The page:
Federal prosecutors say more arrests could come soon in their investigation of a large-scale college admissions bribery and cheating ring, with a number of defendants already charged in a sealed complaint.
Hints about additional cases are sprinkled in various court filings since the U.S. attorney in Boston announced the first 50 people charged in the scheme last month. Those defendants include college consultant Rick Singer, college coaches, atheltics administrators, test proctors – and the wealthy parents of college-bound students.
But an unspecified number of other defendants already face charges that federal prosecutors say will be unveiled "in the near future." Prosecutors typically ask that charges against suspects who haven't been arrested remain under seal.
U.S. Attorney Andrew Lelling has signaled from the beginning that their investigation is ongoing.
Singer, a private college consultant based in Newport Beach, California, has pleaded guilty to a decade-long scheme to help parents buy their way into prestigious colleges, either by bribing coaches to recruit them as athletes or test proctors to cheat on college admissions tests.
Affidavits filed in the cases suggest that the scope of college cheating went far beyond the 33 parents already charged.
► Singer said he's used some version of the scam to get almost 800 students into prestigious colleges and universities. "So I did 761 what I would call, 'side doors,' he told one parent last year.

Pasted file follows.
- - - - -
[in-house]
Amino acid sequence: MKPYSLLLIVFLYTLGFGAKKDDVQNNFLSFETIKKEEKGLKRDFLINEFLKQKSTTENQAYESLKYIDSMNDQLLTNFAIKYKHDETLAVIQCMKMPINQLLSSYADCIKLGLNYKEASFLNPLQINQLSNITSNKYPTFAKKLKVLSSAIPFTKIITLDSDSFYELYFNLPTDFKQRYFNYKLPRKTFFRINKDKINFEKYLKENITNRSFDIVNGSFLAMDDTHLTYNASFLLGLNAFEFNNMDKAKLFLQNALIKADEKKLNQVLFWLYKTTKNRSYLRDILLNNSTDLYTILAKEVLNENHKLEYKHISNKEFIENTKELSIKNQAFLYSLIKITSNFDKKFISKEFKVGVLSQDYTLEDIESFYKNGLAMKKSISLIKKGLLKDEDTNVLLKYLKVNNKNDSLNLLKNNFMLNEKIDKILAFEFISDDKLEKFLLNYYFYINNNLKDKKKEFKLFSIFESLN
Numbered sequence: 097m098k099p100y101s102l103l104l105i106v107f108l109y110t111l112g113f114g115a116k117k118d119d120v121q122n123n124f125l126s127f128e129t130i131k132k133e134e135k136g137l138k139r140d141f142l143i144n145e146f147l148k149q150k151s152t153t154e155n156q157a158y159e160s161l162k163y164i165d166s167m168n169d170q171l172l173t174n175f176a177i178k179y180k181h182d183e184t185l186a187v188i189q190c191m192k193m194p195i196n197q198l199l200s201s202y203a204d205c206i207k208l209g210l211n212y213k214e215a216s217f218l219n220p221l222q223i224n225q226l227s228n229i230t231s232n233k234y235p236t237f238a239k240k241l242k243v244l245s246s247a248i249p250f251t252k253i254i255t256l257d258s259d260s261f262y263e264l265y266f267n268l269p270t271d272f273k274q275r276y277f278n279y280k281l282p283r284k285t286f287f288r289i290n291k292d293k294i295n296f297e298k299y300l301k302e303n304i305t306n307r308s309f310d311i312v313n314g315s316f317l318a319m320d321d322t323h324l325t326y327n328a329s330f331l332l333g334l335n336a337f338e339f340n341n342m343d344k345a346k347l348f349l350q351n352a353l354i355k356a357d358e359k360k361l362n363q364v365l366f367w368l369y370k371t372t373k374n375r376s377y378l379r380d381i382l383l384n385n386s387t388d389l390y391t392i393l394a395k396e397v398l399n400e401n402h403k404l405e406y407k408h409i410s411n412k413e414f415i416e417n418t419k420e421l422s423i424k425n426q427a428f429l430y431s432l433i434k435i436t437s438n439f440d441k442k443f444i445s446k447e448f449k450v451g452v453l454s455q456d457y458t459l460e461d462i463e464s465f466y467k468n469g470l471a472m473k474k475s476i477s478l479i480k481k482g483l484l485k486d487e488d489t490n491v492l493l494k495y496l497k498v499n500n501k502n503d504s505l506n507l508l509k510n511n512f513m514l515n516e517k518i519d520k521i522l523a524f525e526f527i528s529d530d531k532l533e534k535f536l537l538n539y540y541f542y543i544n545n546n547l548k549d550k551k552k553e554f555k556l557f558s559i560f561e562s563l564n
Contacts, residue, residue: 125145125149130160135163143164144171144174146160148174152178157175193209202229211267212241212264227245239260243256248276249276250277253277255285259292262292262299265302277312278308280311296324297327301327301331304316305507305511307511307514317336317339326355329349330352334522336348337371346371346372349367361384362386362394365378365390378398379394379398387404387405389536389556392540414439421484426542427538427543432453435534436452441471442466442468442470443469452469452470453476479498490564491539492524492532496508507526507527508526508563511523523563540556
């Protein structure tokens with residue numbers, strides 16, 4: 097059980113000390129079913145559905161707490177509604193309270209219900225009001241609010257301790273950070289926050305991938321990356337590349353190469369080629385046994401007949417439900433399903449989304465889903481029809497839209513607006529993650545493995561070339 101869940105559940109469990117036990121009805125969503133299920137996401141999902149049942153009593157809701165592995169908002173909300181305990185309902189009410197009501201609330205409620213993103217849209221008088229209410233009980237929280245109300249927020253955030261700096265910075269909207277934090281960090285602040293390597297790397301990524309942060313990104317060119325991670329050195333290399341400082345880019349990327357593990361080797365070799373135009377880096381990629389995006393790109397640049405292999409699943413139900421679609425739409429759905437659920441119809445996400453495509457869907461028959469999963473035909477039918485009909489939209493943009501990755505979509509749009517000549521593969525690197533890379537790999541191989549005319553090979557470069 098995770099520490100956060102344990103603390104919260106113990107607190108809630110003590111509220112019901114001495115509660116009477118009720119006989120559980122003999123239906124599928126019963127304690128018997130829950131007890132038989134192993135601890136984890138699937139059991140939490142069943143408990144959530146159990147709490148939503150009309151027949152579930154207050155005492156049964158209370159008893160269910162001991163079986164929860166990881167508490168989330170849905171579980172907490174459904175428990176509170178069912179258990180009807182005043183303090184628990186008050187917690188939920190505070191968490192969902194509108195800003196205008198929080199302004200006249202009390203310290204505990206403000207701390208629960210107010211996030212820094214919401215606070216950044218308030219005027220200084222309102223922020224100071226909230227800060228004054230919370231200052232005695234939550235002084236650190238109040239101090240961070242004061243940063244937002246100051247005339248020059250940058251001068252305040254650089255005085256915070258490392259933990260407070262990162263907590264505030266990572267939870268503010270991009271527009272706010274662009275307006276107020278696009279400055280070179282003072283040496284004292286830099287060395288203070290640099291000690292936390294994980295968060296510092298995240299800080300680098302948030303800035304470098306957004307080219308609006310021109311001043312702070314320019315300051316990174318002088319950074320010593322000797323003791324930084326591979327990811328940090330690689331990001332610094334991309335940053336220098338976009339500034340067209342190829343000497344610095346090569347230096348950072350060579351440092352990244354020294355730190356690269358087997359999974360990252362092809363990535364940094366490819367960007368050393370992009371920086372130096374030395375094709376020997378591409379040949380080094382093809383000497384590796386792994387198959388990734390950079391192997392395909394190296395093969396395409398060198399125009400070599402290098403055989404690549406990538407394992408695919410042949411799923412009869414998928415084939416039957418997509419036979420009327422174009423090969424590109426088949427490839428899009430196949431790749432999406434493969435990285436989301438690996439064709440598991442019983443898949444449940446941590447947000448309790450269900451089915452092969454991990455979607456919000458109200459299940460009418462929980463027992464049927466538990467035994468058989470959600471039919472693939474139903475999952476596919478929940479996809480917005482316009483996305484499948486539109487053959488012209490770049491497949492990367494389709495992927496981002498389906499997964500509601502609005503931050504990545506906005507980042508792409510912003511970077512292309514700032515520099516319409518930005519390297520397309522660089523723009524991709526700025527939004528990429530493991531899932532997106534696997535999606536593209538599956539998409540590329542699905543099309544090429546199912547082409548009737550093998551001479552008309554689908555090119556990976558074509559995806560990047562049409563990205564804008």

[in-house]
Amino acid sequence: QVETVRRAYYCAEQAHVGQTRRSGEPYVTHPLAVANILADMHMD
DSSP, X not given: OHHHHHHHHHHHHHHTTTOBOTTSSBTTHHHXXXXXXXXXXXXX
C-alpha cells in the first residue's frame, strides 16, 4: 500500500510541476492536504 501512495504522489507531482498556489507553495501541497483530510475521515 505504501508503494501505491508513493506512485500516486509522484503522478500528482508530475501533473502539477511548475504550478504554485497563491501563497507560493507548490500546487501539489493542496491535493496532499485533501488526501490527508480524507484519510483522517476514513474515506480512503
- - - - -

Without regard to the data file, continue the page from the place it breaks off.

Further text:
► Prosecutors say Singer earned more than $25 million from the scheme. But the amounts accounted for in court filings total less than $6 million of that income.
► The earliest criminal activity alleged in court filings dates back to 2008, but most of the cases charged are from admissions in just the last two years.
'So that's what he was up to': Rick Singer, architect of scam, peddled a 'side door' to college admissions
It's likely that not everyone who participated in the scheme will wind up facing charges. The statute of limitations for most fraud and bribery offenses is five years. Criminal tax fraud charges can go back six years, based on when the return is filed, but there's no limit on civil penalties.
And the evidence is strongest in cases from last year because the FBI had more than three months of court-authorized wiretaps in which neither Singer nor the parents knew they were being recorded.
After that warrant expired last September, the FBI had Singer call parents back – one after the other – to get them to incriminate themselves on tape. But that gambit seemed to run its course last month when one parent who used Singer three years ago seemed to catch on to Singer's cooperation and denied everything.
Federal prosecutors in Boston, now obliged to turn over evidence to defendants, have requested gag orders forbidding them from talking about what's in those documents. That's partly because so much of the evidence relies on sensitive financial records, grades and test scores – even psychological evaluations of some of the students.
But also, prosecutors said, "the discovery materials further include information concerning uncharged co-conspirators and targets of the investigation who have not yet been publicly charged."